- Food and Cooking
Recessionista in the Kitchen: How to Care for Your Pots, Pans, and Knives, and Help Them Care for You
Do you feel like a klutz in the kitchen? Have you been schlepping the same rotten, scratched cookware around with you since college? It doesn't take much effort to learn how to care for your kitchen-dwellers: and if you do, they will care for you, and your wallet. And that, my friend, is reciprocity at its finest!
Everything with Teflon Non-Stick Coating
So! Non-stick coating? Very cool. It lets you cook without much oil or butter, and is an absolute blessing for bakers who don't own stock in the company that makes those little paper cupcake cups. Gah.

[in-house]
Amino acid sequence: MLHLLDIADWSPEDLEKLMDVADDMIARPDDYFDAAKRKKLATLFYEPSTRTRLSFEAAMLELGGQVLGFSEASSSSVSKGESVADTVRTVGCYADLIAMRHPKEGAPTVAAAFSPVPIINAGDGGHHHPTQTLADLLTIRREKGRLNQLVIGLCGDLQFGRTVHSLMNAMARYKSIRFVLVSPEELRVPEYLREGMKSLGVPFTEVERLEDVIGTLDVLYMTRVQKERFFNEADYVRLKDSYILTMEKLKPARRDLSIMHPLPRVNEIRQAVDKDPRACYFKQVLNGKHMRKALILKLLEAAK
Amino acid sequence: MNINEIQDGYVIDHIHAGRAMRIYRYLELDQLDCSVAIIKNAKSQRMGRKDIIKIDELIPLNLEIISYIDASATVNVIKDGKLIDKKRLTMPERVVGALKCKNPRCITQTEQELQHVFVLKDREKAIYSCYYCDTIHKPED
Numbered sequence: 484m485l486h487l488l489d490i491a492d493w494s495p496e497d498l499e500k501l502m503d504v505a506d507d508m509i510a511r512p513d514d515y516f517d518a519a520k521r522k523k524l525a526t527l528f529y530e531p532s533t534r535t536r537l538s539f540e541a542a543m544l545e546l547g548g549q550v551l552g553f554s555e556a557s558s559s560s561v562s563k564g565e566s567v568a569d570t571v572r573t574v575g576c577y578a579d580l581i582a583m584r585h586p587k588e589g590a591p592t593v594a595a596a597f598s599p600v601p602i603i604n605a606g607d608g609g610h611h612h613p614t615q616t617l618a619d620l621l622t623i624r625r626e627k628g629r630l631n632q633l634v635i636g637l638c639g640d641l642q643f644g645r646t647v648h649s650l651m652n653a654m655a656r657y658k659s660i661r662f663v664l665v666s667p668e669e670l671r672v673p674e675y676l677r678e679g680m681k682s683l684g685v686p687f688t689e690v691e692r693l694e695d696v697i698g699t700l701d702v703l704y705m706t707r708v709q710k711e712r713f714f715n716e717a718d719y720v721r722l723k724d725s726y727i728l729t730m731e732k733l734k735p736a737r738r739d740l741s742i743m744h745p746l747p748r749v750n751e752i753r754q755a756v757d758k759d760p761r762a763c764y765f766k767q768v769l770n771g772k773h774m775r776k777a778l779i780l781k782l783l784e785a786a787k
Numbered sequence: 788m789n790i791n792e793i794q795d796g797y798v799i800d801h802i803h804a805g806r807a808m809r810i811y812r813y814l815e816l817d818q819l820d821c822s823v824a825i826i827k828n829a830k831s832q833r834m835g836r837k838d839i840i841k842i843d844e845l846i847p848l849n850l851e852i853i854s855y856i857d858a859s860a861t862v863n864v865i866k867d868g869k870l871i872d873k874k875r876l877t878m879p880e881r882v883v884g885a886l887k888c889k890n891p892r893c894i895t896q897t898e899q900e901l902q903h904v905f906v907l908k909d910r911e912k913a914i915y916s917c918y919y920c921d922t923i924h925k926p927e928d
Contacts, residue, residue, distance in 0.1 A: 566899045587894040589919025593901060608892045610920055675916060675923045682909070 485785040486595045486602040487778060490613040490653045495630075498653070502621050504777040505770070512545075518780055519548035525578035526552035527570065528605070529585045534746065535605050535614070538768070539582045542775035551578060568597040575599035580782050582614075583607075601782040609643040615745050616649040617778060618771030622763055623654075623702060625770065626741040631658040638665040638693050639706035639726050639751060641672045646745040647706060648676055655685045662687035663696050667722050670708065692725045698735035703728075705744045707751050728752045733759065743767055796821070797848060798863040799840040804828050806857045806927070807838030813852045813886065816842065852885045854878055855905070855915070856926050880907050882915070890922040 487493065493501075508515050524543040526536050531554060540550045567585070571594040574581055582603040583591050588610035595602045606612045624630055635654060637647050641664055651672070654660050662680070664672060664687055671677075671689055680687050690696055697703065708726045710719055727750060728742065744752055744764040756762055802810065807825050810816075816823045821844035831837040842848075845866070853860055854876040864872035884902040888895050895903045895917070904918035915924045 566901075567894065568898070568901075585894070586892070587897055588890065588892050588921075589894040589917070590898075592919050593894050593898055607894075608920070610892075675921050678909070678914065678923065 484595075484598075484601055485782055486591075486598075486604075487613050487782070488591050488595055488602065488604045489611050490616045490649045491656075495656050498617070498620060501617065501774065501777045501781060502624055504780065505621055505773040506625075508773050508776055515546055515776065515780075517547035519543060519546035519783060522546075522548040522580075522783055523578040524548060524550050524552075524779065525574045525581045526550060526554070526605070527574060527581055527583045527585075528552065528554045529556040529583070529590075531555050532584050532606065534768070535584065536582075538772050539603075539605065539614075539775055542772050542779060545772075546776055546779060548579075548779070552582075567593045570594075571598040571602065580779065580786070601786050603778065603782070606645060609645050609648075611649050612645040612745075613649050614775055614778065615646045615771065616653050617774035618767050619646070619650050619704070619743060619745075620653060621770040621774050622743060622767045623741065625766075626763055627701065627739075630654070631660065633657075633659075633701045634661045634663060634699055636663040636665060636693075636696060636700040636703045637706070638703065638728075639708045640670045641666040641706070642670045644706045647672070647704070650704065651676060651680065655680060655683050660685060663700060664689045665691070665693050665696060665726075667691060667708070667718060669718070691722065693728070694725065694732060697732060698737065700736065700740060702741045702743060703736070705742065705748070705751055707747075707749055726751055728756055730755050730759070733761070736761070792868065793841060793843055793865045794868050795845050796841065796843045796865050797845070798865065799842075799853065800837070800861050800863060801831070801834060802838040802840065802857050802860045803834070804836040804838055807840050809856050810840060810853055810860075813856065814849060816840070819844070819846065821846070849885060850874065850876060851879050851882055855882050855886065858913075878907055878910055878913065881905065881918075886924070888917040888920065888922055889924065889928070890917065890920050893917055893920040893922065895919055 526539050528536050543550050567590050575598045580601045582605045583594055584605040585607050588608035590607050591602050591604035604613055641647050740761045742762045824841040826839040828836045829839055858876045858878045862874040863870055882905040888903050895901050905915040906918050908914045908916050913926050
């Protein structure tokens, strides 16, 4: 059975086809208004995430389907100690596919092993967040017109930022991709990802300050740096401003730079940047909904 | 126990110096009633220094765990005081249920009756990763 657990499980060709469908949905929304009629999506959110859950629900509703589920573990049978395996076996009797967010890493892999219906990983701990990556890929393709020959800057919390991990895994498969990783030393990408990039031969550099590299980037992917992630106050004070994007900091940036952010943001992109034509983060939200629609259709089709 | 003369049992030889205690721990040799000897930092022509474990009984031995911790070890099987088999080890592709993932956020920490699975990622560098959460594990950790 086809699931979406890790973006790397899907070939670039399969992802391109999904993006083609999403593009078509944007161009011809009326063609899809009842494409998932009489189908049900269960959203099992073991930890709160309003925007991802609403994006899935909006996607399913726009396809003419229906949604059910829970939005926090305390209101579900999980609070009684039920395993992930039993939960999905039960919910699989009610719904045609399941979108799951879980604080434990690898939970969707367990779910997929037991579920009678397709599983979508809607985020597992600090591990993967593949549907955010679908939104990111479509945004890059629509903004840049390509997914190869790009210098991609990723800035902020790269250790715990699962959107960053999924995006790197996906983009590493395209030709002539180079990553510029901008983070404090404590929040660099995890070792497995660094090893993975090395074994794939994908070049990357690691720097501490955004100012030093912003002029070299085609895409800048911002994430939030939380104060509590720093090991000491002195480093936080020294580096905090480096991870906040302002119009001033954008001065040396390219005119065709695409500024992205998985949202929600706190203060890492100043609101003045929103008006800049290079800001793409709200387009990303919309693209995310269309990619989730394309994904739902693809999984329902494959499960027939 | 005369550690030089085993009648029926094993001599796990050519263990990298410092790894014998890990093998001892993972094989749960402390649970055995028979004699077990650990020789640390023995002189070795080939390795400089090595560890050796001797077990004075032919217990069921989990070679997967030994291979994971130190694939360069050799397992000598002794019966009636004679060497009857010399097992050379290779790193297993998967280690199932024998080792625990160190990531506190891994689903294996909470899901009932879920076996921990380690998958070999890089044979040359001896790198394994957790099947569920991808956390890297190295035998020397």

If you scratch your teflon cookware, you are pretty much poisoning yourself and your loved ones. There are some serious chemicals involved in the miracle of teflon, which can be easily damaged or rendered dangerous through your own silly misuse. And your uterus-having friends might blame you for their children's birth defects! Heaven fore-fend!
How to avoid getting and giving Teflon-cancer? It's not so hard, really.
- Cooking: only use "implements" made of wood, plastic, or silicone. Metal anything will scratch that tender surface. Also, only use teflon-coated whatsits on low or medium heat. Anything above 500 degrees F will damage the coating and possibly produce "noxious fumes." And for heaven's sake, cut up everything before dumping it in, and cut your zucchini bread after it's been removed, painlessly and curse-free, from its non-stick baking mold.